Trademark Dilution
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Trademark Dilution

Trademark dilution is a relatively new concept in trademark law. Companies that have established a monopoly position in the marketplace naturally would like to preserve that monopoly as much as possible and that is the right of any company to do. That is what free enterprise is all about, companies doing what is best for them. Generally the buying public is not served well by the existance of domination in the marketplace by one or just a small number of companies. The United States, mindful of the negative effect on competition from the anti-competitive practices and behavior from monopolies, has established measures and laws that are to lessen the negative influence on competition by monopolies. These laws are generally called AntiTrust laws or competition laws that are mainly designed for purposes of consumer protection. Trademark dilution may weaken monopoly of a business owning such a trademark. This is good for consumers and not so good for the businesses whose trademarks are being diluted. What is surprising then is that around 1995 large corporations were quite successful in persuading the United States government to enact laws that would strengthen their monopolies and keep small companies from benefitting from diluting the trademarks of the larger companies.

). The famous U.S. Supreme Court Justice Oliver Wendell Holmes observed years ago that “[a] trademark does not confer a right to prohibit the use of the word or words  . . . [by others] . . . . A trademark only gives the right to prohibit the use of it so far as to protect the owner’s goodwill against the sale of another’s product [or service] as his.” (See Annex (C)).This means that if I were to sell a product or service labeled with the trademark of another affixed to a product or service or written as part of, or mentioned in, the sales transaction as being the trademark holders product but where that product or service is not of the trademark holder's manufacture or offered services, that such use of the trademark is in violation of trademark law. Conversely, if I were to use another's trademark in promoting or advertising a product other than produced or a service other than rendered by such trademark holder while not claiming it to be a product or service rendered by the trademark holder, that such use is permitted by law. Such legal use of a trademark is additionally strengthened and re-affimed by the court decision in Geico v.Google:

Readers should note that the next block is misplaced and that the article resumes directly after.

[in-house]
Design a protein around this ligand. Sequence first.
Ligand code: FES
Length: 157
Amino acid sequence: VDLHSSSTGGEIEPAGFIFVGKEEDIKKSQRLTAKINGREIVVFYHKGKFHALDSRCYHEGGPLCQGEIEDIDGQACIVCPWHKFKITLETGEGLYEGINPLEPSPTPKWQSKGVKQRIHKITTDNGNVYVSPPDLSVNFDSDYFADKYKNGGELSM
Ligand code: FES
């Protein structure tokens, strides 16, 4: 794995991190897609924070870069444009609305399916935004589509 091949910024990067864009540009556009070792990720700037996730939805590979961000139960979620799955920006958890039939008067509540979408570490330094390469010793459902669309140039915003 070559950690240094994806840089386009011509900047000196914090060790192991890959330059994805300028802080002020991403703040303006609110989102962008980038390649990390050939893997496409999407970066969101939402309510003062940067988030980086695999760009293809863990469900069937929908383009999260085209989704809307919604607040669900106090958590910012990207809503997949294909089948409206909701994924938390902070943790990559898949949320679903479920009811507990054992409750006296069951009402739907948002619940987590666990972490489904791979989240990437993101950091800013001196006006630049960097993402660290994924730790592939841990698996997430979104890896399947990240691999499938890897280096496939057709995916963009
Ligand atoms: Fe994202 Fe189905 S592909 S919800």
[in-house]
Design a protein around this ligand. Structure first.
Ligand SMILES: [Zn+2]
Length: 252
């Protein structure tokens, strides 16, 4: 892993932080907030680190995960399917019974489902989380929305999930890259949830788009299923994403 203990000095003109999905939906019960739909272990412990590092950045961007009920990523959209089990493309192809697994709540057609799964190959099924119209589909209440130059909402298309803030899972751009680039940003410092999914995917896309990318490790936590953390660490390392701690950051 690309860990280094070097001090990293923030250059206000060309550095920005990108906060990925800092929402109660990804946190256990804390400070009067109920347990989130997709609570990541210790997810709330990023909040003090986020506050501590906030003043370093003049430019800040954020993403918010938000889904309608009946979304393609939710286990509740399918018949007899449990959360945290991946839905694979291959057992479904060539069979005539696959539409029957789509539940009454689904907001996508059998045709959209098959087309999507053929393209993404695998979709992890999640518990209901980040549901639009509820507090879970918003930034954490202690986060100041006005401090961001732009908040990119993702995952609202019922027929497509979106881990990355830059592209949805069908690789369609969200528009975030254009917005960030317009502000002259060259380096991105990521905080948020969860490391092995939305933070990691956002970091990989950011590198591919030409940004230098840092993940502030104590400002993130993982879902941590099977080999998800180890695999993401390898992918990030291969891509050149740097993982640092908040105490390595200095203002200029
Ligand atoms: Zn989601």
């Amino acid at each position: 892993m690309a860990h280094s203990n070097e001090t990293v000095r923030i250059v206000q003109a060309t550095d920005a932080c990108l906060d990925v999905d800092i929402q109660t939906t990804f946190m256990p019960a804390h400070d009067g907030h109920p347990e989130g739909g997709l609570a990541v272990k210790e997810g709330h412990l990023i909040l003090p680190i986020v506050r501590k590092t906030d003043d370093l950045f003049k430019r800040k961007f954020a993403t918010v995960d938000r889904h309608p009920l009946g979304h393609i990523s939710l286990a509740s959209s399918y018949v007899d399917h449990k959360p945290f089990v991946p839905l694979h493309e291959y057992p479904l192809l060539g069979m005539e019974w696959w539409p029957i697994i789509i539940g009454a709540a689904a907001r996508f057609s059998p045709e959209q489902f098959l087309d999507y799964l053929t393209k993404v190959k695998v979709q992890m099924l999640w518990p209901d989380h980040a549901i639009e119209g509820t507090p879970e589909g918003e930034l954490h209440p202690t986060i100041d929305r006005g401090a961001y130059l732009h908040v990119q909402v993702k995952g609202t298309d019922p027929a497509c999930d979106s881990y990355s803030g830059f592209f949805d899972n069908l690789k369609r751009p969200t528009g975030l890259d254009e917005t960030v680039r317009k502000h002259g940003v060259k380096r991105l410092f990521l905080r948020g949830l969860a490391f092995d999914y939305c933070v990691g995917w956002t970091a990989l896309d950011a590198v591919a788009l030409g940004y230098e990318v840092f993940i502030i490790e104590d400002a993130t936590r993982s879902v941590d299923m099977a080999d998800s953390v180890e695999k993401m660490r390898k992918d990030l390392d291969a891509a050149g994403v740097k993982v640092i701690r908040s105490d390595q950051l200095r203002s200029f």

Google wins in trademark suit with Geico
Published: December 15, 2004, 10:40 AM PST
By Stefanie Olsen
Staff Writer, CNET

update Google scored a big legal win Wednesday when a federal judge ruled that its use of trademarks in keyword advertising is legal.

Judge Leonie Brinkema of the U.S. District Court for the Eastern District of Virginia granted Google's motion to dismiss a trademark-infringement complaint brought by Geico. The insurance company had charged Google with violating its trademarks by using the word "Geico" to trigger rival ads in sponsored search results. Geico claimed the practice diluted its trademarks and caused consumer confusion.

The judge said that "as a matter of law it is not trademark infringement to use trademarks as keywords to trigger advertising," said Michael Page, a partner at Keker & Van Nest, which represented Google.

Brinkema ended the trial Wednesday to issue a formal opinion on the matter. She also asked Google and Geico to settle a dispute over the use of Geico's marks in text of rival ads appearing on the search engine's site.

The ruling is a triumph for Google in that it derives as much as 95 percent of its advertising revenue from keyword-triggered ads, which appear next to Web search results. Trademarks play a central role to the sale of such ads because people often use Web search to find products and services with common, trademarked brand names such as Nike or Geico.

The ruling also could inform similar trademark-infringement cases online, legal experts say. For example, Google is being sued by American Blind and Wallpaper for trademark infringement by its keyword ad program.

"This could be a significant change in trademark law, making it harder for trademark owners to enforce their marks in an online context," said Terry Ross, an attorney at Gibson Dunn.

Trademark dilution

From Wikipedia, the free encyclopedia


Trademark dilution is a trademark law concept forbidding the use of a famous trademark in a way that would lessen its uniqueness. In most cases, trademark dilution involves an unauthorized use of another's trademark on products that do not compete with, and have little connection with, those of the trademark owner. For example, a famous trademark used by one company to refer to hair care products, might be diluted if another company began using a similar mark to refer to breakfast cereals or spark plugs. Trademark law is generally focused on the need for consumer protection.